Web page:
How the Brain Responds to Surprising Events

We all know the feeling of someone surprising us. It’s usually in a good way when it’s something we’ve always wanted. The surprise enhances the moment, heightening excitement and elevating our senses.

Like all of us, your brain responds to surprises. You might experience a surge of adrenaline when your car runs over a pothole, or you might feel confused on a new day when you realize you’ve forgotten to brush your teeth. While these extraordinary events may cause you some anxiety and distress, your brain responds differently to everyday events, like receiving a promotion at work or hearing the good news about a relative. These small, everyday events bring on rapid changes in your brain, which can lead to changes in your behavior, mood, and emotions.

Surprising events trigger our amygdala

The amygdala, your “fight or flight” center, lights up when confronted with an unexpected event. For example, you might experience mild anxiety or fear when you’re driving down an unfamiliar road at night. To deal with that fear, your body produces hormones that help you stay focused and alert, making you less likely to panic. The amygdala also regulates your autonomic nervous system (your involuntary nervous system), which controls many of the basic bodily functions, including heart rate, blood pressure, breathing, digestion, and reproductive systems. This all happens in a matter of seconds.

The amygdala is responsible for emotions

The amygdala is responsible for emotions, and many of us are familiar with its role in causing us to feel afraid or shocked. But researchers at Carnegie Mellon University discovered something else about the amygdala, which may affect how you react to unexpected news. This brain region responds more strongly to negative events than to positive ones. When scientists studied the brains of people who had recently experienced rejection, they found that the amygdala was activated more strongly than the brains of people who recently had gained something or someone.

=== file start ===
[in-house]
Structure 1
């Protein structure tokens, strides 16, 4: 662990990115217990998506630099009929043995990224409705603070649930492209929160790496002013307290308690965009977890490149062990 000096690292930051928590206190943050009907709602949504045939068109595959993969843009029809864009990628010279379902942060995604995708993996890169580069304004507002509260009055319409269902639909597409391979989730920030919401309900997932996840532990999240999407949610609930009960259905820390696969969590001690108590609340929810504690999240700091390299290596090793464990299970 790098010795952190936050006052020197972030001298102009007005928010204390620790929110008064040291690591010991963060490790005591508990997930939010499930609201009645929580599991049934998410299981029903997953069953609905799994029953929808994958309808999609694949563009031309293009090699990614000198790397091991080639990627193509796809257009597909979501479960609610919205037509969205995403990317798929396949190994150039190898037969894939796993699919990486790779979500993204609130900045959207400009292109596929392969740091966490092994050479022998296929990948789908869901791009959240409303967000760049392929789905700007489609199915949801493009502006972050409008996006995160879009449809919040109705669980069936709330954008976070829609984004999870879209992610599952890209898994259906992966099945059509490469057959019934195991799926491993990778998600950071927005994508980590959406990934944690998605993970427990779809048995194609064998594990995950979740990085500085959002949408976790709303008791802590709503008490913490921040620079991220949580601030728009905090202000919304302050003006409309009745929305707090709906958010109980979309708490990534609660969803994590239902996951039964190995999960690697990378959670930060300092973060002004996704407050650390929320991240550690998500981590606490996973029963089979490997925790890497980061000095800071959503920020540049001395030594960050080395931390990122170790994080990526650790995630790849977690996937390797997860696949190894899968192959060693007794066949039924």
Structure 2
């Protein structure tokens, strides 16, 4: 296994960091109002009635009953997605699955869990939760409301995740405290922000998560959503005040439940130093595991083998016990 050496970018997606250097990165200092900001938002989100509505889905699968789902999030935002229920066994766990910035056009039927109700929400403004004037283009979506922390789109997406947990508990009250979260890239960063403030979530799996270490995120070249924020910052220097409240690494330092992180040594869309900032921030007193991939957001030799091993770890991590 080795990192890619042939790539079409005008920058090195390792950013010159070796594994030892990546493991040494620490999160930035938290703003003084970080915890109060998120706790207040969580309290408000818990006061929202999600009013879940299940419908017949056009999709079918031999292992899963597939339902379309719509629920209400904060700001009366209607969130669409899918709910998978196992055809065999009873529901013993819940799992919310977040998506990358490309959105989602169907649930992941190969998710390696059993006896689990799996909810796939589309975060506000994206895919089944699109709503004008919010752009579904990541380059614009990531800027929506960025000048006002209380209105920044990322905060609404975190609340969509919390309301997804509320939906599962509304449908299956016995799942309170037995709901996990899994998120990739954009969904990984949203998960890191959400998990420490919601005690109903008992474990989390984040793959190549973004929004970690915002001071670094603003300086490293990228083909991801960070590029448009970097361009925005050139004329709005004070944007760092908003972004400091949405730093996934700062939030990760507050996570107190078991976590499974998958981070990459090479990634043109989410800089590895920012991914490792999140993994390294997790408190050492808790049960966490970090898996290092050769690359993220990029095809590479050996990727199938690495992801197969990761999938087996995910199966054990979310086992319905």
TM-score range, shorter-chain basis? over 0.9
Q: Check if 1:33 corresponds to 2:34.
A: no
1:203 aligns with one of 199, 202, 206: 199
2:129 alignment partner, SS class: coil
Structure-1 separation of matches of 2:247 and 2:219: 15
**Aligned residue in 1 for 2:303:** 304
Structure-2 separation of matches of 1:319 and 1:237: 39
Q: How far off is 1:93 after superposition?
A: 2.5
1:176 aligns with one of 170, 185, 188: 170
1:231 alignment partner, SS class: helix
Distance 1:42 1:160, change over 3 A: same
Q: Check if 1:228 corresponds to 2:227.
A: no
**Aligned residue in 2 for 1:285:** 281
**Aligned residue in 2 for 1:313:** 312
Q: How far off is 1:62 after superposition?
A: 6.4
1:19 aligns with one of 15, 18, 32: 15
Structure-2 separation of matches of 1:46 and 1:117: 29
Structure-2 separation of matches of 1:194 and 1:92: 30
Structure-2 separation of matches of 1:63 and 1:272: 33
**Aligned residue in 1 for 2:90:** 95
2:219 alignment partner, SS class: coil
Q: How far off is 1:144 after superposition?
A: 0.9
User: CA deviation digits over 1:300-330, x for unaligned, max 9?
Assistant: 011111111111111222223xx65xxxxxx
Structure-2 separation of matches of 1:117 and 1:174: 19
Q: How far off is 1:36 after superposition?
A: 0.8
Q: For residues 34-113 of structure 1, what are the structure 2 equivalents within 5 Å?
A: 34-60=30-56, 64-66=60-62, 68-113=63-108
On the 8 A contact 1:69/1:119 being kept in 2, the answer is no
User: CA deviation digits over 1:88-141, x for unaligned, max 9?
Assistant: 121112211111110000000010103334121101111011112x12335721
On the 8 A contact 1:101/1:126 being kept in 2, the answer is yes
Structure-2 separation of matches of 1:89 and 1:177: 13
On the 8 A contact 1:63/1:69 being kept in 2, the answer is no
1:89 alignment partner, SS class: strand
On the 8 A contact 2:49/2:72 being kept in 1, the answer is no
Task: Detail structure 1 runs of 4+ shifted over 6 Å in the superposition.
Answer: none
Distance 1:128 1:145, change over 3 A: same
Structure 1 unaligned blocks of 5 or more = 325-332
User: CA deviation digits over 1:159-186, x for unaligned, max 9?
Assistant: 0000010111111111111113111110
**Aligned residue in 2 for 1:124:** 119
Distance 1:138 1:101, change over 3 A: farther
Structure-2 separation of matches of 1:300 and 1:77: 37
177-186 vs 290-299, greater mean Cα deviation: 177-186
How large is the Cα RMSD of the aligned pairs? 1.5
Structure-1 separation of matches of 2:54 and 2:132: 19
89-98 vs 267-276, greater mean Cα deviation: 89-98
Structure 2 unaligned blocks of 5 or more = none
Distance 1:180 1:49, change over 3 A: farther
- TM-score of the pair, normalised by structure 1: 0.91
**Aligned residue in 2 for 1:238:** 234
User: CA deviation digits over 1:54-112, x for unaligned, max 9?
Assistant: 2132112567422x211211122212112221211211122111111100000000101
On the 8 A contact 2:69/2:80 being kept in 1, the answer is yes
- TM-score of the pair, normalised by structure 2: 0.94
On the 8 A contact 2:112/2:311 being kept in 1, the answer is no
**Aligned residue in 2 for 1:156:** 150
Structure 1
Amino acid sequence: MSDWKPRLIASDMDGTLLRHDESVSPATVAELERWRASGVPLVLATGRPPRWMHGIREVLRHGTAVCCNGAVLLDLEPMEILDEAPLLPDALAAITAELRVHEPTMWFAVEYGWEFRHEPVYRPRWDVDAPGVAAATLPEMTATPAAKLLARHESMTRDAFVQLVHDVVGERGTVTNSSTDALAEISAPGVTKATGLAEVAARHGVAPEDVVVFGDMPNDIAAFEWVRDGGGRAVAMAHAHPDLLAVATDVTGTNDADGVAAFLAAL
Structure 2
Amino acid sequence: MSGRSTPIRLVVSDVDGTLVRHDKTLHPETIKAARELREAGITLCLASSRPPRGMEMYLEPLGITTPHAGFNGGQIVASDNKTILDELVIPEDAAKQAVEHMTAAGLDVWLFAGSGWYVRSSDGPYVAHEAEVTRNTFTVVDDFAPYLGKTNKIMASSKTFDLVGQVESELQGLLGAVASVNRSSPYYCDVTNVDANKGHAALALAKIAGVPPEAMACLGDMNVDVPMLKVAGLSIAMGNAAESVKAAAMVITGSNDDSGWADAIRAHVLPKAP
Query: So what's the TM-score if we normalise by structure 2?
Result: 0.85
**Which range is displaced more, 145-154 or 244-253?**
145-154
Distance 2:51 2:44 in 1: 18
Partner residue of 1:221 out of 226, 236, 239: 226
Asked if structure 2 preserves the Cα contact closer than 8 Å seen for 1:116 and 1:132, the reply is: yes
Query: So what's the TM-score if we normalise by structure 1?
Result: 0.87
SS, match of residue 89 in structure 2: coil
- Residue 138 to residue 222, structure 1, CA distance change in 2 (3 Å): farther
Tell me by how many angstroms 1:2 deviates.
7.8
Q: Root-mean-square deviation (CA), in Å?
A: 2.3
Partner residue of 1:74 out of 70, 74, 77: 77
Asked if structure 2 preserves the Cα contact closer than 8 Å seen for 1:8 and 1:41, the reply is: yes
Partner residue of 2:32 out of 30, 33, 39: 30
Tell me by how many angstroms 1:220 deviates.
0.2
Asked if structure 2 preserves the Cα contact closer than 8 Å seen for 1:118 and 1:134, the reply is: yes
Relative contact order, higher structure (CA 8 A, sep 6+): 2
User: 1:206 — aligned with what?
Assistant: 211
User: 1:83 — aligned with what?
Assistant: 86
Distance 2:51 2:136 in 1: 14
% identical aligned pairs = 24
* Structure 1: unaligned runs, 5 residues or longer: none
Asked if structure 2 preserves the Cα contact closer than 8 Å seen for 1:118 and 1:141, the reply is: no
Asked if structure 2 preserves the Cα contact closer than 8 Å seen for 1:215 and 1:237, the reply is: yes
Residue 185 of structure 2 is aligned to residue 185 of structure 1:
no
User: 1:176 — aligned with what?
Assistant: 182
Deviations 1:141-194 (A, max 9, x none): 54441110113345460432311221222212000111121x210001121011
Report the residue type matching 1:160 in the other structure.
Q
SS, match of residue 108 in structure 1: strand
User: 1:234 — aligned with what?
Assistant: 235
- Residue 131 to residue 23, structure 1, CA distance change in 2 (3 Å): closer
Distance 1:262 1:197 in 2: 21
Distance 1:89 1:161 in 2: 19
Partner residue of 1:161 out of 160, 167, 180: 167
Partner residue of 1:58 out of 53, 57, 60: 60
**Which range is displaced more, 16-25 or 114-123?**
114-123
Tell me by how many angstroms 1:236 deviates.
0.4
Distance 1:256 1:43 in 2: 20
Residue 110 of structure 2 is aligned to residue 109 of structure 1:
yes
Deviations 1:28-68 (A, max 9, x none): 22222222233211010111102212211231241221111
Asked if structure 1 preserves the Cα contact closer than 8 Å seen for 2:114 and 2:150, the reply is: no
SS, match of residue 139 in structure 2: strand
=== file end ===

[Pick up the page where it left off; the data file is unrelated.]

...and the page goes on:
The amygdala uses oxytocin to release chemicals in the body

Have you ever had a moment so devastating or surprising that your body went into “fight-or-flight” mode? Your heart rate sped up, and your pupils dilated, and in a split second, you went from being totally composed to suddenly being in a state of high alert. That’s your brain responding to surprise, and according to a new study, it’s using oxytocin to release chemicals in the body to help overcome its reaction.

Oxytocin helps the brain feel safe

Oxytocin, the ‘miracle’ hormone, is a chemical that makes us feel connected with other people and with our environment. And when we are safe, happy, or in love, we become flooded with oxytocin. But oxytocin doesn’t just make us feel good; it also helps our brains process unexpected, even stressful, events. New research uncovers how this organ responds to stressful situations and how oxytocin helps us feel safe and protected.

Have you ever been completely surprised by something? Maybe it was a shocking event or something that completely blindsided you. Either way, observing these responses in our brains can give us insight into the sometimes mysterious nature of our thoughts and feelings.

As humans, we constantly learn and adapt to the world around us. After experiencing something for the first time, our brains have to figure out how to make sense of it. However, when faced with an unexpected situation, our brains may respond by activating a survival response designed to protect us when we perceive a threat.

The brain is primed to latch onto unexpected events, and this response can make us feel great even if we don’t make sense. Surprises trigger “excitation” in the brain’s reward system, and those feelings of joy can boost our performance, creativity, and motivation. A small bit of excitement, then, can go a long way.